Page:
Kevin M. Kruse @KevinMKruse Historian. Author/editor of White Flight; The New Suburban History; Spaces of the Modern City; Fog of War; One Nation Under God; Fault Lines. Feb. 11, 2019 2 min read

No, @Wikipedia is actually removing a fairly new myth about the 1924 Democratic National Convention from its page.

Let's dig in.

As @CleverTitleTK and @pashulman have noted repeatedly, the "Klanbake" term was used in a single paper in 1924 and then ... not really used again until 2000, when that same paper (the @NYDailyNews) ran another article on it.
 https://www.washingtonpost.com/news/made-by-history/wp/2018/03/15/how-social-media-spread-a-historical-lie/?utm_term=.500f0dff27d7 

A search on Proquest Historical Newspapers doesn't find any mentions of the term, for instance, while a Google Ngram doesn't turn up anything either.

There may have been other mentions -- NYDN isn't in Proquest for instance -- but this shows the term was by no means common.

Anyway, after that erroneous NYDN story in 2000, social media began to spread the term, insisting that it *was* a common widely-used term for the 1924 Democratic National Convention.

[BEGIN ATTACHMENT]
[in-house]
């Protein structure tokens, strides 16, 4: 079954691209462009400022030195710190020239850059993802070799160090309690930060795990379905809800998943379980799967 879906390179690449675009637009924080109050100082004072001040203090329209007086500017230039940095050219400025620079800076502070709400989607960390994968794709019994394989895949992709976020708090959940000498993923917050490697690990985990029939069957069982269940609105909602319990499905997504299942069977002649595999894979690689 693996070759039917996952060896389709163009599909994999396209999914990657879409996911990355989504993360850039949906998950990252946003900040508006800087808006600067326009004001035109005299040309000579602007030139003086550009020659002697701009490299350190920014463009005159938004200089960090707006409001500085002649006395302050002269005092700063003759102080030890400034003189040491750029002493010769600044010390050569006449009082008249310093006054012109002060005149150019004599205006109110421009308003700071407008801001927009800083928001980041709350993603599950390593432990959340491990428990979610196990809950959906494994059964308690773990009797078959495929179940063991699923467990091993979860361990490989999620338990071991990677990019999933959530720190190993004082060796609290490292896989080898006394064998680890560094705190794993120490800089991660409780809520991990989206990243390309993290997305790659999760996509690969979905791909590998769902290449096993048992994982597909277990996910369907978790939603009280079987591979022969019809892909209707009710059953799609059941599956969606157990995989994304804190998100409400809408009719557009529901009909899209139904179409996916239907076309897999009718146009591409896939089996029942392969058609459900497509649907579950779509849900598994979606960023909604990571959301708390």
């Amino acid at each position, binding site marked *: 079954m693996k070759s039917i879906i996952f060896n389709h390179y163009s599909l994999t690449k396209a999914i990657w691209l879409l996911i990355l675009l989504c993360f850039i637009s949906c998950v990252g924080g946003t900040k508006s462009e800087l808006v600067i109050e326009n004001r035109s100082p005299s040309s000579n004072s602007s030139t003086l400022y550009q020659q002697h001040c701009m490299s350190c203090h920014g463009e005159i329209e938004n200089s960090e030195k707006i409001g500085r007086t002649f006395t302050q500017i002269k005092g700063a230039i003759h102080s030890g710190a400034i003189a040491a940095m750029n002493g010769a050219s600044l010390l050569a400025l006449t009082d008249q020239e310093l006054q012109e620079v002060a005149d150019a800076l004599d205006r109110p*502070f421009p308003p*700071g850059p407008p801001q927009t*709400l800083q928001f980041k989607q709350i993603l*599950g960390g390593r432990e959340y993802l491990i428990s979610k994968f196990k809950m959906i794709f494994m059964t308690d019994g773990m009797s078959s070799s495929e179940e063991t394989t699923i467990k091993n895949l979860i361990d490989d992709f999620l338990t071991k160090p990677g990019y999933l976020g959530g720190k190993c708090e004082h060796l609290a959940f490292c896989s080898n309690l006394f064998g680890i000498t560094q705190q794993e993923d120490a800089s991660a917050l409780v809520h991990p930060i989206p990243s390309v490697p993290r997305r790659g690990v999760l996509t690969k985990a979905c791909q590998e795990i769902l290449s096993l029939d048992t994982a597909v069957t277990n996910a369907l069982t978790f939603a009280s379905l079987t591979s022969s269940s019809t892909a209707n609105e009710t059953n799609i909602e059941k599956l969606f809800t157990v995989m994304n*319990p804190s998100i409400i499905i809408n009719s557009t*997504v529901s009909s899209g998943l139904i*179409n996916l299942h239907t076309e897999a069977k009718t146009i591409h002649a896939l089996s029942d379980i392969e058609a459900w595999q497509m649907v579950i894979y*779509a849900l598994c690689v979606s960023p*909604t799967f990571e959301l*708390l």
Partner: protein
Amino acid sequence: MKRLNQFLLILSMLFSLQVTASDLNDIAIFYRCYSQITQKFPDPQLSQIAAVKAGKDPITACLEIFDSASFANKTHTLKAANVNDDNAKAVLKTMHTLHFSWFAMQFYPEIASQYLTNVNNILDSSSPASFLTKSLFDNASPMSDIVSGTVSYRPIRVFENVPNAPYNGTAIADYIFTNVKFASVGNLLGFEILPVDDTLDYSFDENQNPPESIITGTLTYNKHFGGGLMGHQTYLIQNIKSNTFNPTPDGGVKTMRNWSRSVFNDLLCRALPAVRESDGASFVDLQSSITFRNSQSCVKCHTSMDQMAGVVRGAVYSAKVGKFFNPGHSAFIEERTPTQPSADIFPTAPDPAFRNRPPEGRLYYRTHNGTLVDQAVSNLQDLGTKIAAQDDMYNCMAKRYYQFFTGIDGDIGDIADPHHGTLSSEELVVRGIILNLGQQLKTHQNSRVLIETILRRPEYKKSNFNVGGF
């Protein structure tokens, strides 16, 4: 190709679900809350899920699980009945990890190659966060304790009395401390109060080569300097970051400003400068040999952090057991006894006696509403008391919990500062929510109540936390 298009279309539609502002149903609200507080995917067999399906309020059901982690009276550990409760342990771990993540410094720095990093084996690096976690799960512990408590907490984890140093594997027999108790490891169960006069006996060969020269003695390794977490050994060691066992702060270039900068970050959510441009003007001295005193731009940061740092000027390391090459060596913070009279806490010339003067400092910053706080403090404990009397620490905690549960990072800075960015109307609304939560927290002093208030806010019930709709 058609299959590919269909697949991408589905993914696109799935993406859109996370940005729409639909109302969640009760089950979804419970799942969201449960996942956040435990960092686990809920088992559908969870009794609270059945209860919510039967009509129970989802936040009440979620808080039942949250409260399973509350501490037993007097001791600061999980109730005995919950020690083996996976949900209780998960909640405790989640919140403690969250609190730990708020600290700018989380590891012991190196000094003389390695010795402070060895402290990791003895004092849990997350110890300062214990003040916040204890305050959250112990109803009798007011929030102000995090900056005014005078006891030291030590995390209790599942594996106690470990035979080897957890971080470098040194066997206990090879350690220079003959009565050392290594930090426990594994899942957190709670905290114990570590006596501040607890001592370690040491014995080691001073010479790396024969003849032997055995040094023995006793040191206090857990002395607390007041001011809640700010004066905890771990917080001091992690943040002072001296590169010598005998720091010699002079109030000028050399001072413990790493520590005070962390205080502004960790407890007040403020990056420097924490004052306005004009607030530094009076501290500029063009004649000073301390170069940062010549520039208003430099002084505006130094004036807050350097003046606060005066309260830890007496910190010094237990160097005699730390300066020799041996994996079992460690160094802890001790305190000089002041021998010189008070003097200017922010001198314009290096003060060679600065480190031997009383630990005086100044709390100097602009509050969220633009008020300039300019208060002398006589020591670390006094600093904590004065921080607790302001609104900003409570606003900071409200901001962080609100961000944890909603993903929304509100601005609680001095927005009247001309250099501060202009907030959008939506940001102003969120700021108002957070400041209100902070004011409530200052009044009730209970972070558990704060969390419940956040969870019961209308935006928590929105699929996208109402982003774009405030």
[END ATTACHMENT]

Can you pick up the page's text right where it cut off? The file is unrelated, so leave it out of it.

Somewhere along the way, these posts merged into a meme, which you've probably seen before:

Now, this may come as a shock to you, but just because there's a black and white photo on the internet with some words on it, that doesn't actually mean those words are right.

Don't listen to me. Listen to what Abe Lincoln said at Gettysburg:

Anyway, that photographic "proof" of the Klanbake -- which is still the top result In Case You Want to Google It™ -- is actually a photo of a funeral procession in Madison, Wisconsin.

Here's the link to the original at the Wisconsin Historical Society:  https://www.wisconsinhistory.org/Records/Image/IM1902 

Anyway, as this false story spread, it somehow wound up on Wikipedia.

But that doesn't make it true. It seems that thanks to the fact-checking by @pashulman & @CleverTitleTK, Wikipedia has corrected its entry.

They're not "covering up" anything. They're trying to get it right.

In any case, even if that nickname *had* been commonly used in the 1920s, I'm not exactly sure what that would prove today.

As I've noted before, the 1920s Klan had a presence in *both* parties:

The people who (wrongly) insist that the 1924 Democratic National Convention was commonly known as the "Klanbake" never seem to wrestle with the fact that the 1924 Republican National Convention was called the "Kleveland Konvention" by @TIME. (screen shots from @CleverTitleTK)

But again, it's not a conspiracy to cover up the truth. It's a good effort by Wikiepedia to get the story right.

And if @JackPosobiec had bothered to read the full entry instead of bumbling into a fog of conspiracy theories, maybe he'd have realized that.


You can follow @KevinMKruse.



Bookmark

____
Tip: mention @threader_app on a Twitter thread with the keyword “compile” to get a link to it.

Enjoy Threader? Sign up.